So, curious about Amateur Radio? What are those odd antennas on that guy's car? What is Ham Radio anyway?
That's a big question. We'll give you a basic answer, and encourage you to inquire further if you're interested.
Amateur Radio is a lot of things.Yes, we like to talk on the radio. Some of us are experimenters, building antennas and stuff, even radios. We use different voice and digital modes on the air, including Morse code and Amateur TV. Our computers often talk to one another by radio, we even pass messages similar to the Internet.
In addition to the fun of talking to people all over the world or on the next block, we're also serious about community service and helping our fellow amateurs grow in the hobby. One of the things that's drawing a number of new hams in the last few years is Skywarn. Skywarn is a group of trained severe weather and tornado spotters, connected by amateur radio with the National Weather Service office in Chanhassen, MN. Training's given every spring all over town, and we need new faces.
We also offer emergency communications assistance when normal telephone service and such is out. Each June hams individually and as clubs conduct Field Day, an emergency-preparedness exercise that's also a fun weekend, whether you're out with a bunch setup roughing it or even just on battery power at home. There's a lot going on in ham radio, and it's not hard to get started.
You've taken perhaps the best first step right here. This website is maintained by TCRC, and from here you can find a lot more. Some amateur 'radio shacks' contain thousands of dollars worth of radio equipment, rivaling some broadcast stations. It's not actually an expensive hobby to get into. For example, for under $100 you can buy a used 2meter radio and the accessories you need to get it going. With just that you have access to many local repeaters, and those all across the country. Repeaters let you on a small radio connect into a central one, which has far greater range and some cool features as well. For instance, an autopatch function that lets you place a telephone call from your ham radio thru the repeater. This is similar to the system currently being used by fire, police, and such.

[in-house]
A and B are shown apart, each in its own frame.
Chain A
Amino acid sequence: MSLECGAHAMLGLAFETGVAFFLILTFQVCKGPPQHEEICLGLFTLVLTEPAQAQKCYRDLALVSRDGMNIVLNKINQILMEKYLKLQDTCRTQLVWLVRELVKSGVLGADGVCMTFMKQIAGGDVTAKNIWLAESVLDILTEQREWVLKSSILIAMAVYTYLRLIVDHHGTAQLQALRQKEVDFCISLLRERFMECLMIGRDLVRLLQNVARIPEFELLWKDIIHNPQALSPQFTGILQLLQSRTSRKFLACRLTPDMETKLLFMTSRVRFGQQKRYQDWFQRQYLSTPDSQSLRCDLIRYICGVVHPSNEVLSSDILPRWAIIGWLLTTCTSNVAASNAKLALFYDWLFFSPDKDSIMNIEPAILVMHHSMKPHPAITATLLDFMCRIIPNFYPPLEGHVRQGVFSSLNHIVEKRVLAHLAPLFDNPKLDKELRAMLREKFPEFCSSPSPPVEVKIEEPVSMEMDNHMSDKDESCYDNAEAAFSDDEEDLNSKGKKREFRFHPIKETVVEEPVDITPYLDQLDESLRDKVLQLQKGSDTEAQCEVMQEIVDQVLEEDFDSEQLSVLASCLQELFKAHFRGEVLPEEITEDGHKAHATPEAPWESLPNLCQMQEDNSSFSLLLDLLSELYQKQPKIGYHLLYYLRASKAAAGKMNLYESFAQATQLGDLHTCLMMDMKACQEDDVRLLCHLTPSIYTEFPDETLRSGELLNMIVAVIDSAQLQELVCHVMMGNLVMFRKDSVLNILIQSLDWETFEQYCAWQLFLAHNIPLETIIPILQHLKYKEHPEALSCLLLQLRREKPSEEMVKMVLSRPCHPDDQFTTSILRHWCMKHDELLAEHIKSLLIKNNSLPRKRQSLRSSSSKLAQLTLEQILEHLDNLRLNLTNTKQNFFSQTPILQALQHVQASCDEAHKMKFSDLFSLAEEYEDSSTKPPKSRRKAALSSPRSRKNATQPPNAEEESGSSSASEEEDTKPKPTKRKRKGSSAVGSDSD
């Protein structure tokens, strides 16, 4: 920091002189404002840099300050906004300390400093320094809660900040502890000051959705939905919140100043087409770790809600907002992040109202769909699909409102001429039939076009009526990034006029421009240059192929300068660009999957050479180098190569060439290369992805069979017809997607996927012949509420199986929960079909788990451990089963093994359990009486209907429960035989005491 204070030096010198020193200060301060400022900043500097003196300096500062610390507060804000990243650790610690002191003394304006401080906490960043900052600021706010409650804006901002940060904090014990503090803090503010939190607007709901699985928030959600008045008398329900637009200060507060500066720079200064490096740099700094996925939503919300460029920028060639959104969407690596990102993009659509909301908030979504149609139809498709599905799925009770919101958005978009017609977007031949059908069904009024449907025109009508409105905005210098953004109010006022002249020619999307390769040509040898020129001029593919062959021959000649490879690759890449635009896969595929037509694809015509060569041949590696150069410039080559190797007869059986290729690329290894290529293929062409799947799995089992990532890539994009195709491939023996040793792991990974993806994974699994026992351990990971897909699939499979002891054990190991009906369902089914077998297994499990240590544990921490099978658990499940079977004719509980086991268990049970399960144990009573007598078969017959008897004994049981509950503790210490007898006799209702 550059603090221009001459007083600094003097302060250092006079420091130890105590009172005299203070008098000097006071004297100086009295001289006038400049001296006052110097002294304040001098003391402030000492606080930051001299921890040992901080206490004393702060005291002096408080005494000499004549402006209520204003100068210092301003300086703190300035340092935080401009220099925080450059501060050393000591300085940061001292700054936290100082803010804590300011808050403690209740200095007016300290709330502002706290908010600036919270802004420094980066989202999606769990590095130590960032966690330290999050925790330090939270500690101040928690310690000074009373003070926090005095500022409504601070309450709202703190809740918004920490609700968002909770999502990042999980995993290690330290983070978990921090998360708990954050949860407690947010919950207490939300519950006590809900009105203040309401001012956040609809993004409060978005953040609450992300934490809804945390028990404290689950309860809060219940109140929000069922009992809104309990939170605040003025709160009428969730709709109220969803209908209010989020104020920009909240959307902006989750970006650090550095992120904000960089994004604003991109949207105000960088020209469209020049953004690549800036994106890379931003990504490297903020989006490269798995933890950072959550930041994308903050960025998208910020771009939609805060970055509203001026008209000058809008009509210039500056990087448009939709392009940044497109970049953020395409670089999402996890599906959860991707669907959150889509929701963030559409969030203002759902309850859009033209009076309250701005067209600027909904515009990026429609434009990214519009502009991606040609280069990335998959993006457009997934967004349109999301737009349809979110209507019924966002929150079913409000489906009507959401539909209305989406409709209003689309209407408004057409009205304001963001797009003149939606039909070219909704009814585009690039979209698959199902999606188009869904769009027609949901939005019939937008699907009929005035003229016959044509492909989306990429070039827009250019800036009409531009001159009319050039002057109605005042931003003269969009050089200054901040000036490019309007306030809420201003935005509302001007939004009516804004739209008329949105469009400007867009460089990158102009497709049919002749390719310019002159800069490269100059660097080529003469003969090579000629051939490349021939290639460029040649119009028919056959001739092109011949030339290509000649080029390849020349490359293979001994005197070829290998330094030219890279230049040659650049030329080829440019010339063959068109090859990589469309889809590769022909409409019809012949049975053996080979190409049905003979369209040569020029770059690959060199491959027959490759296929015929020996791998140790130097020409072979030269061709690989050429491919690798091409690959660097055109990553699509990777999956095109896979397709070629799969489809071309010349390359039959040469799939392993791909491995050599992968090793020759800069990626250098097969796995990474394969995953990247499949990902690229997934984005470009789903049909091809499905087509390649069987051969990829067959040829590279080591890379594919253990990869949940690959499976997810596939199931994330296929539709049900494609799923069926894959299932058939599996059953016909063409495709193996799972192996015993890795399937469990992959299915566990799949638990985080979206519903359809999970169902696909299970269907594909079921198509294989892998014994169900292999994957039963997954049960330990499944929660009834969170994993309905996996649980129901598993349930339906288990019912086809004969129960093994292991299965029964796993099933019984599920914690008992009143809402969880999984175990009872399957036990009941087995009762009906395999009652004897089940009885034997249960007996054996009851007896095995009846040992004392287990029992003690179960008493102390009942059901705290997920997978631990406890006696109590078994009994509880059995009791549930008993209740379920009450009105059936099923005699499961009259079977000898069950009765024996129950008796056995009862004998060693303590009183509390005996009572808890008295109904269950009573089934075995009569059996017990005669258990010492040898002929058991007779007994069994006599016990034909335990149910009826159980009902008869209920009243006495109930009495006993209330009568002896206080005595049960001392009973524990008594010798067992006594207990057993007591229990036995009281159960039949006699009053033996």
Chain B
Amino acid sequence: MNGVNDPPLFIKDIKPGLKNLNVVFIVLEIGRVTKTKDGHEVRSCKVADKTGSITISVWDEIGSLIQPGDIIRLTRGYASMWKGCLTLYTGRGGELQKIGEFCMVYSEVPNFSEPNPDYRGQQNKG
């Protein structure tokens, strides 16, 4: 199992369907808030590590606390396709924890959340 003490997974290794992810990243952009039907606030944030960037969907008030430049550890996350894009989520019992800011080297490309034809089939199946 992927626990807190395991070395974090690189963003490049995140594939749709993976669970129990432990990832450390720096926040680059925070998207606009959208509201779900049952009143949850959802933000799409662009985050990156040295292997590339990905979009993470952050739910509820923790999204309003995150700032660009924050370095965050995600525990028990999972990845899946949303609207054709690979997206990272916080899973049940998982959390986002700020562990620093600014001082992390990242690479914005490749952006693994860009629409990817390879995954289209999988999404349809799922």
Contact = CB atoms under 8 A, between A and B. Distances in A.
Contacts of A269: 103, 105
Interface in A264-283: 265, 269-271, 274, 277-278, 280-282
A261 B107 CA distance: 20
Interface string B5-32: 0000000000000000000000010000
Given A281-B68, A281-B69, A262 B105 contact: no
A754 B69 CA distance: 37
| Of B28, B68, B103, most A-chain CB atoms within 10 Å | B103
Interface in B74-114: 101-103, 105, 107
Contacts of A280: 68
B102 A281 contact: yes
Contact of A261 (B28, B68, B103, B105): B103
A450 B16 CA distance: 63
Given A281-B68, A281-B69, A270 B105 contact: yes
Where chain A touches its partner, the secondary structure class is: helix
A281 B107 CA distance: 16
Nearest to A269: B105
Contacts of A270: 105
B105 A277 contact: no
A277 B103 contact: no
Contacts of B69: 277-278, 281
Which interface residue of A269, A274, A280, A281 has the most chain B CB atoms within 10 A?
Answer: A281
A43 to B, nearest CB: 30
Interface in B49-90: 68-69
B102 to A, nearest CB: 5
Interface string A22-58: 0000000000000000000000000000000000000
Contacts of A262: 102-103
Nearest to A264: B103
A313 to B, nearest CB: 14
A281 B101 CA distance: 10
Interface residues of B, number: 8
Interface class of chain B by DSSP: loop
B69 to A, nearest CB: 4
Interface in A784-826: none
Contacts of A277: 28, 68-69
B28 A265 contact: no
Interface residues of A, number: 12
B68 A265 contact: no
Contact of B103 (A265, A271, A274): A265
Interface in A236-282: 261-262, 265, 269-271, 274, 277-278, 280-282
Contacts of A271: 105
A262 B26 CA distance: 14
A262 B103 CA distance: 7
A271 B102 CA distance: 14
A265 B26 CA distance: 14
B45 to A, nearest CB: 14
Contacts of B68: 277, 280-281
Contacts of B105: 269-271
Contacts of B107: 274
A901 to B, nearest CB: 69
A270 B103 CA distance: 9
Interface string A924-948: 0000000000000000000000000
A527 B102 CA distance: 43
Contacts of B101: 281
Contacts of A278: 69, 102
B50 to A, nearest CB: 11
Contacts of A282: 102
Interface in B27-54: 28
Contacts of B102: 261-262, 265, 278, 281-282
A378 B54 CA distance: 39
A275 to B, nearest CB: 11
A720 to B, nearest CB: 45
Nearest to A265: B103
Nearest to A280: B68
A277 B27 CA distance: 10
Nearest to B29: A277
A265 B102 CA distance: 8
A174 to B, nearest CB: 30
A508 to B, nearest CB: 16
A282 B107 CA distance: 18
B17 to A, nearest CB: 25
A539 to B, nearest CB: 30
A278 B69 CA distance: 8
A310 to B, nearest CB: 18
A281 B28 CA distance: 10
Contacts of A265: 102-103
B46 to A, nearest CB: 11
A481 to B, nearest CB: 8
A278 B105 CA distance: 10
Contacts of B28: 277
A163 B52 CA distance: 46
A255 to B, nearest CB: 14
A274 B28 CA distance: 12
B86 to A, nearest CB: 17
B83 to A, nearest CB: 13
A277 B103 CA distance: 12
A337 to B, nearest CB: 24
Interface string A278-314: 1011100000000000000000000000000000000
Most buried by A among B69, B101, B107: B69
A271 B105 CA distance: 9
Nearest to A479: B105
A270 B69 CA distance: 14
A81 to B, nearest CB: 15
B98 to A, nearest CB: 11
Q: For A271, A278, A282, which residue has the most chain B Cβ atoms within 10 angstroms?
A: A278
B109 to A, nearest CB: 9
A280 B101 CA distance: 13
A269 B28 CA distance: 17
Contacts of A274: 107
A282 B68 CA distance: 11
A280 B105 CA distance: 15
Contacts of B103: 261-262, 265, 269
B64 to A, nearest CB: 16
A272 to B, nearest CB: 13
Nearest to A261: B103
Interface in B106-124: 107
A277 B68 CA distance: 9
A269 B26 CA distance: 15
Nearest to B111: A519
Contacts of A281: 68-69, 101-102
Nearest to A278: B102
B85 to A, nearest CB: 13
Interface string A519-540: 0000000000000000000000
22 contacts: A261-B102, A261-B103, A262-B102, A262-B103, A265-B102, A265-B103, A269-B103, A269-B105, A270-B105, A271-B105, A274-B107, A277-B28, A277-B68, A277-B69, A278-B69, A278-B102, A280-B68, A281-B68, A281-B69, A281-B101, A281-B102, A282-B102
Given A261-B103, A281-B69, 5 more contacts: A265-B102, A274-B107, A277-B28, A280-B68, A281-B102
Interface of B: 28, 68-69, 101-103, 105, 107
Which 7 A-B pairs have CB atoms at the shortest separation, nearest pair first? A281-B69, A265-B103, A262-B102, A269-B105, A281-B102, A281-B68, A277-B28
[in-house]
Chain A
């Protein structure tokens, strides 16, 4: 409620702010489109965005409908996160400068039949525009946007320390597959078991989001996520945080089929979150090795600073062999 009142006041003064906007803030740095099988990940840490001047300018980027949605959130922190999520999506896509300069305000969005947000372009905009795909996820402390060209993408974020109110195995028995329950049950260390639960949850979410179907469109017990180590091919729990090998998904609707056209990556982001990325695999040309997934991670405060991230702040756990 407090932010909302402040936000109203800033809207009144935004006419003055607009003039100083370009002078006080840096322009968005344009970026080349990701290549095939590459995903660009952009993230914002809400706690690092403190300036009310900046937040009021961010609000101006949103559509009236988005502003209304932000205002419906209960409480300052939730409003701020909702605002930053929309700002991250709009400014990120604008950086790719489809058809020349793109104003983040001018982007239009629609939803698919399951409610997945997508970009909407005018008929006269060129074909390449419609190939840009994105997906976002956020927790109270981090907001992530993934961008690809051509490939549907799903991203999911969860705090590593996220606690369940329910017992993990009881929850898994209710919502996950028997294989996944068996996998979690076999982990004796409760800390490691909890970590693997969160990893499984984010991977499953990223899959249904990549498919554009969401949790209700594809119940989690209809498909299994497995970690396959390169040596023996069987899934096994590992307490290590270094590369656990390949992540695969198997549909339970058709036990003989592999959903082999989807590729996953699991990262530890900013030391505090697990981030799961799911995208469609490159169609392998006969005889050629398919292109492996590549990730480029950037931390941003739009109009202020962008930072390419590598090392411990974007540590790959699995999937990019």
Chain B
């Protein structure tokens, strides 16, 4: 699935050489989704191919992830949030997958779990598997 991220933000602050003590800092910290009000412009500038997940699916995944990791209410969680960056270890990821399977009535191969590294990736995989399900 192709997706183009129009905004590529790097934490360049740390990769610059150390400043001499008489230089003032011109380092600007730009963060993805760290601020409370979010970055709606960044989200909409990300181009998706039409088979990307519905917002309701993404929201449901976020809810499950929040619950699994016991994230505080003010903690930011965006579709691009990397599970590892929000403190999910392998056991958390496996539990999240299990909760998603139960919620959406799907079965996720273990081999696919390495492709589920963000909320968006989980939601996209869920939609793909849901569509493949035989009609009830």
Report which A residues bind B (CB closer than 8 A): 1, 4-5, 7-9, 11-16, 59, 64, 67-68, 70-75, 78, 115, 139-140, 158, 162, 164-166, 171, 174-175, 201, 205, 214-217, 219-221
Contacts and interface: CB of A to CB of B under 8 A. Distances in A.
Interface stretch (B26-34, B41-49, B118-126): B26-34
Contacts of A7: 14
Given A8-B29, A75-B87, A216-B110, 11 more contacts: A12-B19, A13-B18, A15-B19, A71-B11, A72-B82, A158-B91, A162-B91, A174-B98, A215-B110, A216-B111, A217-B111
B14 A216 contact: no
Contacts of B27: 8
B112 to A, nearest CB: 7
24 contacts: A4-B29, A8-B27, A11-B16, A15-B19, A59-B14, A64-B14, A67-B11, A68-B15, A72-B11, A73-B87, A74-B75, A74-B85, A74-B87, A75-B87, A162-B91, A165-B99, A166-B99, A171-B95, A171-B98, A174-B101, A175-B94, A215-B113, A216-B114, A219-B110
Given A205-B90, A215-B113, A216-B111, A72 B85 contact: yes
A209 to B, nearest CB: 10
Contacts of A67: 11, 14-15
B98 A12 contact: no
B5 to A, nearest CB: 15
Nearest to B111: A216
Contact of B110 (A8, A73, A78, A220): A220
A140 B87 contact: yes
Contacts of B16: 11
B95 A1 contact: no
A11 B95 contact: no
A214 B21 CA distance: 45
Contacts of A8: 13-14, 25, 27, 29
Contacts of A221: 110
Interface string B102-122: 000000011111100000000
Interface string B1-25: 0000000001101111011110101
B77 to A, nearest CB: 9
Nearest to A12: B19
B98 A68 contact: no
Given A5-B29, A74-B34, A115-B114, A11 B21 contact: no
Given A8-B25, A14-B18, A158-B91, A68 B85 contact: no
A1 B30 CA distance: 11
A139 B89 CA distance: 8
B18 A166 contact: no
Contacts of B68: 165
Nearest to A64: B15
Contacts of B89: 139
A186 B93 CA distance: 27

On the 2 meter repeaters there are nets, where people all tune in and listen and check in and trade radio-related stuff or just chew the rag a while and greet friends. There's almost always someone listening if you feel an urge to chat. It's a friendly place and new hams are extra welcome. Get started there and you're going to learn about what others are doing with ham radio, and make some friends in the process. Licensed amateurs in Minnesota are permitted by law to use a scanner in their vehicle too.
Yes, you need an FCC license. At present the cost for the test is twelve bucks. The FCC license is good for ten years. To pass the test, you'll need to study a bit. For the Technician license, the entry level, which allows you to use the 2 meter repeaters mentioned above, as well as the 440 Mhz band, a portion of the 10 meter HF band, and more, you don't even need Morse code. Morse is a license requirement for those going more into HF, those are the frequency ranges where you'll do most of your worldwide talking. Testing covers things like FCC rules, some radio principles, what frequencies you can use, and just basic common sense.
As you go higher in license class, you will of course need to learn more and in more detail. The test preparation materials are easily found, like books for under ten dollars, classes offered by some radio clubs, even online test practice at several websites. We want to make it easy to join us in Amateur Radio, license testing is given weekly or better all over the metro area, offered by several radio clubs including TCRC.
In our page of links on this website, you'll find connections to many things like the online tests and test prep, and a whole lot more information on Amateur radio and the activities Amateurs enjoy. As a club, we're here to help one another grow in and enjoy the hobby, and to encourage those interested to learn more and join us. Please take time to visit the links we've provided, and then if you have more questions, we'd be glad to help you get started.